Weighted Down with Love Life Worry
Got questions about life? Love? Parenting? Work? Write to Whit’s End, a new advice column by local husband, father, teacher, coach, former executive and former Marine Corps officer Al Whitaker.
My girlfriend of four years (live-in for one) has been putting weight on gradually for about the last three years. When we first met she looked like a model—tall, slender but muscular (she was an athlete in high school), and really good-looking. In the beginning we used to work out together by going to the gym or running near our neighborhood.
Even though I love her, I find myself less and less physically attracted to her, so our sex life is suffering. If I talk to her about it, she says she feels hurt and that I should love her as she is. Our intimacy is getting to be non-existent to the point that I just want to give up.
If I could get her motivated, I feel sure we could get back to where we used to be. But when I tell her that I’d like to work out again with her, she says she’s tired after work and just wants to relax. Part of the problem, I’m sure, is having a beer every night and more on the weekend. Since I work out, I don’t put on weight, and I think that makes her mad at me.
Breaking up with her would really hurt both of us — and I can’t imagine doing it — but I just can’t see going on like this, especially when I know that she expects us to get married. What should I do?
Weight on my Mind
Imagine not doing it, and imagine the worst-case scenario: She continues doing whatever made her overweight so that she keeps getting bigger, and your love life keeps getting smaller. You say you’re not physically attracted to her now, imagine how you’ll feel in five or ten years.
Think about what you mean when you say, “I love her.” Accepting your partner as she is is certainly part of love; in fact, a big part of love is being happy with and for someone who understands and accepts you, warts and all. In this case, her warts seem to be getting bigger, and you’re not sure that you’ll be able to keep accepting them.
She says that you should accept her as she is. What you should do is irrelevant; what is relevant is that you don’t feel attracted to her physically anymore. So what to do from there? Think about the understanding part of love. Do you understand why she doesn’t want to exercise anymore and doesn’t want to stay fit? Does she? Ask her. Maybe she believes that no matter what she does, you will accept and love her as she is. Maybe she thinks that after a person is married or committed, she doesn’t have to stay in shape. Knowing what she thinks is not only something you should do, it’s something you must do if you want to improve your situation together.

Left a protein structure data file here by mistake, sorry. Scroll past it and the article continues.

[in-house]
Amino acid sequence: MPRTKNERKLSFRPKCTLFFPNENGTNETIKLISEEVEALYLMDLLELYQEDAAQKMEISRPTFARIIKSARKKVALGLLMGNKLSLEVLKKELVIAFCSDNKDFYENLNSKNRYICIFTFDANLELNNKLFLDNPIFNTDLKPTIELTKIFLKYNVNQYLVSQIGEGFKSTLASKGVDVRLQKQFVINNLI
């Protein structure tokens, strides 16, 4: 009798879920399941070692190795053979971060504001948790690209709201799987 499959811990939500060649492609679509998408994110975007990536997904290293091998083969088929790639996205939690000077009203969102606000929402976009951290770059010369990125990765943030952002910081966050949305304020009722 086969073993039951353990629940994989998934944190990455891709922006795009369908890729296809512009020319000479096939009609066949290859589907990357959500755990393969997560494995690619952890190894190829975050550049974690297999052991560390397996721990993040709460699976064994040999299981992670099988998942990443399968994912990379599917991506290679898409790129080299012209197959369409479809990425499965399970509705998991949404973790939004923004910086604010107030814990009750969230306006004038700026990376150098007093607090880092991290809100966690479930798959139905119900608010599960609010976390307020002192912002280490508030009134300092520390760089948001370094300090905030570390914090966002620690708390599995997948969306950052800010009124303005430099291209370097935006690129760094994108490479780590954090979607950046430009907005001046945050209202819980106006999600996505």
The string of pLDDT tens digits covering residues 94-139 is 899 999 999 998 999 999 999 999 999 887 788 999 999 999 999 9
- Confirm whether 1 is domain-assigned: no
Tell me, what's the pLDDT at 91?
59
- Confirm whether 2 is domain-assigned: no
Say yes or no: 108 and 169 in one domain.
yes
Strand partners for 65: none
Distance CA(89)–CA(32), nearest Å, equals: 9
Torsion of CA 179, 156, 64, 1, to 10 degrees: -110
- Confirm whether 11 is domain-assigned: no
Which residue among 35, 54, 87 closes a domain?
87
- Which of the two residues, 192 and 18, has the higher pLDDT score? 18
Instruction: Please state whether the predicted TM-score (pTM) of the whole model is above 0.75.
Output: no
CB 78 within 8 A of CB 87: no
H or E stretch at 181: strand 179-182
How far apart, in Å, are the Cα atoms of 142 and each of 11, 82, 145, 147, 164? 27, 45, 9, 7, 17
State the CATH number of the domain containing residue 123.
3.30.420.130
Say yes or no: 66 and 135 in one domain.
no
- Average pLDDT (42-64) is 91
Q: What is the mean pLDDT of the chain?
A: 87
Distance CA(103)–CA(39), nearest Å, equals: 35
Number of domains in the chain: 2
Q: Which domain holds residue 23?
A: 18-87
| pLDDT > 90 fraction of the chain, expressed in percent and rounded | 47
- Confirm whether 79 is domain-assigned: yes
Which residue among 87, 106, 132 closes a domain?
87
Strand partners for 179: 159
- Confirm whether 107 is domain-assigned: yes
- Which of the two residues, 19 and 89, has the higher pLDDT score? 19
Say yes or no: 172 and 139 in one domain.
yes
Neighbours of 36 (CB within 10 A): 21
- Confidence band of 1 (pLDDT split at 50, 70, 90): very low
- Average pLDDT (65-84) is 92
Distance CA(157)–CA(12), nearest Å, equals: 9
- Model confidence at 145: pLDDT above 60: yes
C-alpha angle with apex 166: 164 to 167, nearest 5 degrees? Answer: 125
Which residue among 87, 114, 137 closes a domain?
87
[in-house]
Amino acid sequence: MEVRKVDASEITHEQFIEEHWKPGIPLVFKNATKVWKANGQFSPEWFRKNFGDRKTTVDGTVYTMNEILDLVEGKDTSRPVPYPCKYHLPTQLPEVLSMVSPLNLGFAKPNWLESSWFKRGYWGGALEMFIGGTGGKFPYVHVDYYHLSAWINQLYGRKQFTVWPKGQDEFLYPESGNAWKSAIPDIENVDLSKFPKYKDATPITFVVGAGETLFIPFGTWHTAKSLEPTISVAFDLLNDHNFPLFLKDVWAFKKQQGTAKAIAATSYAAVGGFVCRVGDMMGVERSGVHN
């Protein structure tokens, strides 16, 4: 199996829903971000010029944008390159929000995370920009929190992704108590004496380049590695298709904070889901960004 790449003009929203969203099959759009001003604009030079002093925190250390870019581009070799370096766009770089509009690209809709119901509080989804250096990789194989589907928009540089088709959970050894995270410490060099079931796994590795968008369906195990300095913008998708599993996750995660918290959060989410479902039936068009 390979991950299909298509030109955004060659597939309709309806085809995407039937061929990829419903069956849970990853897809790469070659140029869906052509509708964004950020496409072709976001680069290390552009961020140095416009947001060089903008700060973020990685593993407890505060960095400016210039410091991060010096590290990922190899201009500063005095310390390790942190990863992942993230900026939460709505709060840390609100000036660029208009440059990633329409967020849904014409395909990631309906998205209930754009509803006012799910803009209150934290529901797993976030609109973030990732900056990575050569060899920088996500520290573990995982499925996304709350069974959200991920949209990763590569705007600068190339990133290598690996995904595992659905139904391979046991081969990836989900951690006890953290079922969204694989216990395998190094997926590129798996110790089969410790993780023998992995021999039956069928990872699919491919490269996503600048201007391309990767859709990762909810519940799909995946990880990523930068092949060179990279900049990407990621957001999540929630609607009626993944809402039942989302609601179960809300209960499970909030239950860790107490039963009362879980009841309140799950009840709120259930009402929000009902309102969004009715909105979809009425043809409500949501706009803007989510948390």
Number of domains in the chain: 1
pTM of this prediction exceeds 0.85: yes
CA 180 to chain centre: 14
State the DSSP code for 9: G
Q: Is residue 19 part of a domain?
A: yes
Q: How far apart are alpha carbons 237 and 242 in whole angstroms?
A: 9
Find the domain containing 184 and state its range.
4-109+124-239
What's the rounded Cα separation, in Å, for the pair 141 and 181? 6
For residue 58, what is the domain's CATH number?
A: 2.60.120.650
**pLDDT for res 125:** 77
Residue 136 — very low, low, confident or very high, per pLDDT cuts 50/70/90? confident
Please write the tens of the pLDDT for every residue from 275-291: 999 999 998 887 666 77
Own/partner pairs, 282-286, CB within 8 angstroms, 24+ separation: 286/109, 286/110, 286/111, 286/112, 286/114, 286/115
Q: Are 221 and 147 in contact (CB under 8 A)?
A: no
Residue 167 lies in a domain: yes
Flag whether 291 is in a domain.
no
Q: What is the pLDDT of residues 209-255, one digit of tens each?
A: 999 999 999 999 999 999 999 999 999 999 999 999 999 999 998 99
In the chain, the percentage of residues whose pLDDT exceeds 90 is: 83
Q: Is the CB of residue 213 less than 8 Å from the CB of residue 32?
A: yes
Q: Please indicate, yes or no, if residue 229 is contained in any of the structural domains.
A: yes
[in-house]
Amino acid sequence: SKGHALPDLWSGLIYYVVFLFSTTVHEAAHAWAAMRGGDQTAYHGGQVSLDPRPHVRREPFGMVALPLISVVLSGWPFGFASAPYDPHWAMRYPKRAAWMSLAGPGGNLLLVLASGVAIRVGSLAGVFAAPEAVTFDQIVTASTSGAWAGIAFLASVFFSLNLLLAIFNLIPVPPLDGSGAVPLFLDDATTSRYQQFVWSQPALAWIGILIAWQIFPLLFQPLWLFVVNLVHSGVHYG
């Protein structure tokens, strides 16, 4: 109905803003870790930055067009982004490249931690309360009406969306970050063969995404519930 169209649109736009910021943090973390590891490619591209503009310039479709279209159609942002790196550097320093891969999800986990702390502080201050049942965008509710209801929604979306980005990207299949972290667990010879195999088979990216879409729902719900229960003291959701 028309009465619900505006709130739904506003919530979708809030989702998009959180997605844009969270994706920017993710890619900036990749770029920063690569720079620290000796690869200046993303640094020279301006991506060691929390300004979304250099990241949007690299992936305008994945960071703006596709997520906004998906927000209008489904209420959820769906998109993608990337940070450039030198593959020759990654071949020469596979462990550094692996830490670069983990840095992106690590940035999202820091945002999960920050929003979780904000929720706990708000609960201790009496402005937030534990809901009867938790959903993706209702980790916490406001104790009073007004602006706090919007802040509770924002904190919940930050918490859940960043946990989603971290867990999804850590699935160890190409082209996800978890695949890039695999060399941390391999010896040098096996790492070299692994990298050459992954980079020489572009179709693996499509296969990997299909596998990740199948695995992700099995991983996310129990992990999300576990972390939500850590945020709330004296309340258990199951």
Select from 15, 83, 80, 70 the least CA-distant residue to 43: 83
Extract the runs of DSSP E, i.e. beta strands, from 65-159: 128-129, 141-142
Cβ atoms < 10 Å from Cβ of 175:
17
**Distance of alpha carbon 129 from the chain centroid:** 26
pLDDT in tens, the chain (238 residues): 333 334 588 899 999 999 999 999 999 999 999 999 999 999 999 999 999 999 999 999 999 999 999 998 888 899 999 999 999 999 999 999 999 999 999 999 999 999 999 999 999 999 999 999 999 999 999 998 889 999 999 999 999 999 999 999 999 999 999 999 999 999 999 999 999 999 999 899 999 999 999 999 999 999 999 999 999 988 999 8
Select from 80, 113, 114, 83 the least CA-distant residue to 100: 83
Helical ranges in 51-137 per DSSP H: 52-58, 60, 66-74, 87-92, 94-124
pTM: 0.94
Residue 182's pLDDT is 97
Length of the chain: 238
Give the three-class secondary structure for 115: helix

The point is that you two need to talk about it honestly and openly without worrying that saying what you feel will hurt the feelings of the other person. Maybe talking to a professional would help her; if money is a problem, many companies offer counseling as part of health-care coverage. Remember, you are not her therapist; neither are you her personal trainer. It’s not your job to motivate her—it’s hers.
However, you can help her. You are probably too young to remember the famous line from the old Paul Newman movie Cool Hand Luke, “What we have here is a failure to communicate.” Whether you stay with your girlfriend or not, learning to communicate can keep you from making the kinds of mistakes that will make you slap your forehead years from now when you look back and wonder, “What was I thinking?”
Each week Al will address readers’ questions about anything ranging from school issues, coaching problems, relationship quandaries and more! To submit a question, email WhitsEnd@baltimorefishbowl.com.